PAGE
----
Mason and Mckee probably have the best Civil War projectile book out there that I am aware of. Sent from Tims IphoneMessage 1 of 7 , Jul 10, 2010View SourceMason and Mckee probably have the bestCivil War projectile book out there that I am aware of.
Sent from Tims Iphone
On Jul 10, 2010, at 4:02 PM, "carlw4514" <carlw4514@...> wrote:
I am sure all who have responded so far know this, but for some I'm sure there is a little confusion, so,
*the term "ball" in those days did not necessarily mean "round ball" but just "bullet"
*a smoothbore musket would fire round balls and high caliber above .58 was common, such as .69
* btw .69 means 69 hundredths of an inch in diameter, huge! .72 is even a bigger wow
*to be sure, a Minie "Ball" was CONICAL not round, and revolutionary
It would appear from these sites Rob cited that the .69 Minie was indeed a fact, some Minie balls being even bigger; I likely saw one at the museum alright.Message 1 of 7 , Jul 11, 2010View SourceIt would appear from these sites Rob cited that the .69 Minie was indeed a fact, some Minie balls being even bigger; I likely saw one at the museum alright.
Continuing to re-check Hogg, I still do not find any mention of a .69 or larger *rifle musket* manufactured as such. HOWEVER I finally found this from Hogg: "early in the war... many smoothbore muskets were brought out of store and converted to rifled percussion pattern..." [pg 34]. He also confirms that "over 100,000" of smoothbore muskets were brought over from Europe, "principally from Prussia and the various states of the German Confederation" [pg 42], presumably many then rifled by armorers. Thinking about it now, I had heard that Gunsmiths could put rifling into muskets that had been made as smoothbores. I suspect strongly now that all of these larger Minie Balls were made for these converted guns.
I would even bet that some of these large Minie balls were fired from smoothbores that had never been converted, for one thing often not realized about the Minie Ball is that it made for much faster reloading, the necessity of patching the round ball being by-passed. The Minie was not designed for smoothbores, but the ballistics produced may have been thought to be little different from round ball anyway.
Regarding Shotgun's findings, it makes sense that to put rifling into muskets manufactured as smoothbore produced something less than 100% desirable, and probably some were rifled better than others. From what I know about it, the number of turns you want to do in rifling a barrel is to be 'just so', tailored to the round, so did these armorers even know how to do it correctly? It's easy to believe the soldiers wanted the Enfields and Springfields known to be superior.
Thanks for the help, folks, and don't hesitate to continue to weigh in now as well.
reference: "Weapons of the Civil War" by Ian Hogg. 1995
> Following along with Dick's comments you might check these two websites for some additional information regarding .69 caliber minies:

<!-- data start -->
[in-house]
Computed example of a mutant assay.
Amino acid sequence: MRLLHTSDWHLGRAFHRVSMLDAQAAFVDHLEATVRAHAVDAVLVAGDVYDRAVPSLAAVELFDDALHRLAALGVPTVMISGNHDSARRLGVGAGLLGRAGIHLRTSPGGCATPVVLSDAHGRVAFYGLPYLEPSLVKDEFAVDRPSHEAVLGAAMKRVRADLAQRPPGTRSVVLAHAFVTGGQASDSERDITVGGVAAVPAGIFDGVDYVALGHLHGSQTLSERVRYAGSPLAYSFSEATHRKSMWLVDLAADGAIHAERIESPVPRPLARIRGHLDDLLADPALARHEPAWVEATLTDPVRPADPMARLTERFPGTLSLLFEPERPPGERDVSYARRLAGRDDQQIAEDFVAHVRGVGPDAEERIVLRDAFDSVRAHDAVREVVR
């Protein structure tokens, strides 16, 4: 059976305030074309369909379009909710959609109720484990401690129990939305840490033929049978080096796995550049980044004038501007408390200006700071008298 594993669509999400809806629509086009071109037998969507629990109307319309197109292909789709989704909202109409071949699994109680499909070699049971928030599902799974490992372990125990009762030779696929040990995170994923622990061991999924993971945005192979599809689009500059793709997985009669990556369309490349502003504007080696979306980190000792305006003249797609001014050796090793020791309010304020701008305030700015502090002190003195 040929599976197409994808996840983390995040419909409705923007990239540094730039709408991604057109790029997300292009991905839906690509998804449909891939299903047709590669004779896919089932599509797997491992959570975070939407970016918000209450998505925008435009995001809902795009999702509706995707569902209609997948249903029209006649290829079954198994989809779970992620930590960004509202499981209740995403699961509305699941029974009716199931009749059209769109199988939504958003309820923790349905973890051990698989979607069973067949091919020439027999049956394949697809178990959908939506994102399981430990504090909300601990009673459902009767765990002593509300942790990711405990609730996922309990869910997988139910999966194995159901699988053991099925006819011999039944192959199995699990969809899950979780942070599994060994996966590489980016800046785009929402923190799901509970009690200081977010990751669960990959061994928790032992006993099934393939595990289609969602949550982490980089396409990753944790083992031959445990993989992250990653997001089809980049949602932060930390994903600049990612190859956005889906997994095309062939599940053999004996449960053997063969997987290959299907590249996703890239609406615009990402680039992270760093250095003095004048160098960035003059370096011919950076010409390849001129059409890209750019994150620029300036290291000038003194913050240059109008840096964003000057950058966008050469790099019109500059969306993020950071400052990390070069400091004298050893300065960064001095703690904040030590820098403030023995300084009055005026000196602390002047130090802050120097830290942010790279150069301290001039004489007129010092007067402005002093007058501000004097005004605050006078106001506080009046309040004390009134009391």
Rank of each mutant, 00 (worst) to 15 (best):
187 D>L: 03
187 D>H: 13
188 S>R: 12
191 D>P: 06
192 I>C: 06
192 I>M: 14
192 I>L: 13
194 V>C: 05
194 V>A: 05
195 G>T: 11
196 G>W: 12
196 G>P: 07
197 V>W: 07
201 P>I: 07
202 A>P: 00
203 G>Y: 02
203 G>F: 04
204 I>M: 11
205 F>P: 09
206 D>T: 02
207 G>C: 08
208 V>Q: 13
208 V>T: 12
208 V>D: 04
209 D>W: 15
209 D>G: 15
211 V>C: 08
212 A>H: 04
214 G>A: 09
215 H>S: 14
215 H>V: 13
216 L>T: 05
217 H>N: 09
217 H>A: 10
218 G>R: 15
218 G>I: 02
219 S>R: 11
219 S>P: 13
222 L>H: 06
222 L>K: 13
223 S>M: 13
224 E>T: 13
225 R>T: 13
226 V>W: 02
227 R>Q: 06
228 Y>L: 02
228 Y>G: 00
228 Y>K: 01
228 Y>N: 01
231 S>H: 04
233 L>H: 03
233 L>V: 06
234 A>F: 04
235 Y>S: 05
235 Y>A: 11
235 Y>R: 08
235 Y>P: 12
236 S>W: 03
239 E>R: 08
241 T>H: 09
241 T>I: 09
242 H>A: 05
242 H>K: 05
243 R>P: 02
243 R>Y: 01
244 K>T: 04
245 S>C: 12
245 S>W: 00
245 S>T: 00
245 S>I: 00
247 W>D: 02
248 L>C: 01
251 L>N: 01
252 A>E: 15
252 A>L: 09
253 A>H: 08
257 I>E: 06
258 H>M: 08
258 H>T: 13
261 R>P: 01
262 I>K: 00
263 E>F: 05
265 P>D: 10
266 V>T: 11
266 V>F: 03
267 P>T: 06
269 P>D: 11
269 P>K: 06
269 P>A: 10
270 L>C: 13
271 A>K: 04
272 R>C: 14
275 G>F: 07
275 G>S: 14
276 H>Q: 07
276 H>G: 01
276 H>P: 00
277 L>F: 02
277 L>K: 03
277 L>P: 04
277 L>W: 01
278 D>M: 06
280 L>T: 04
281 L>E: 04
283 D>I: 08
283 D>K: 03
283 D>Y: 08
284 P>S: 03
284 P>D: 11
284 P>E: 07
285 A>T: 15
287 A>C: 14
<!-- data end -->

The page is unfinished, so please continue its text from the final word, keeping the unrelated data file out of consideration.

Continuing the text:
> Of course you could consult the books published by the Thomas Publishing Company fo Gettysburg wherein .69 caliber minie balls area lso discussed.
> Each reference I have seen related this ammunition to Belgian, or German firearms used by both sides (predominantly Northern) in the war.
of course all of this from Shotgun confirms it, I should have mentioned. I think so much of the Hogg book that I wanted to find something there too.Message 1 of 7 , Jul 11, 2010View Sourceof course all of this from Shotgun confirms it, I should have mentioned. I think so much of the Hogg book that I wanted to find something there too.
--- In email@example.com, "Dick Weeks" <shotgun@...> wrote:
> Tim, maybe I can shed a little light on this subject. The write-up on my website referring to a .69 caliber minie ball came from The Civil War Society's "Encyclopedia of the Civil War" page 338. The original Model 1842 was indeed a smooth bore. However, the following write-up is in "An Introduction to Civil War Small Arms" by Earl J. Coates and Dean S. Thomas, page 11:
> "The adoption of the rifle musket by the U.S. Army in 1855 made the smooth-bore model 1842 obsolete. At that time, those in the hands of the federal government were returned to the arsenals and the barrels were rifled. As with most smoothbore arms, the original model 1842 had no rear sight. The additional range and accuracy gained by rifling made a rear sight desirable; many were added to government arms at this time."
> Along with the write-up there is a photo of an ammo box that has the stencil "RIFLE MUSKET 69IN CARTRIDGES" on it.
> In this same document there is a write-up on Belgian and French rifled muskets that were .69 Caliber. I found this interesting in the article, ". . . .most of the Belgian or French rifled musket with calibers ranging from .69 to .71 caliber were considered worthless by those who were forced to use them. The 102nd Pennsylvania was issued such an arm in 1861. The regiment was engaged in action during the Peninsula Campaign in May 1862 and after the battles of Williamsburg and Fair Oaks, the Belgian muskets had disappeared. . . ."
> Now, I make no claim as to the validity of this information, I can only tell you where it is located.
> I am, very respectfully, your obedient servant,
> Dick (a.k.a. Shotgun)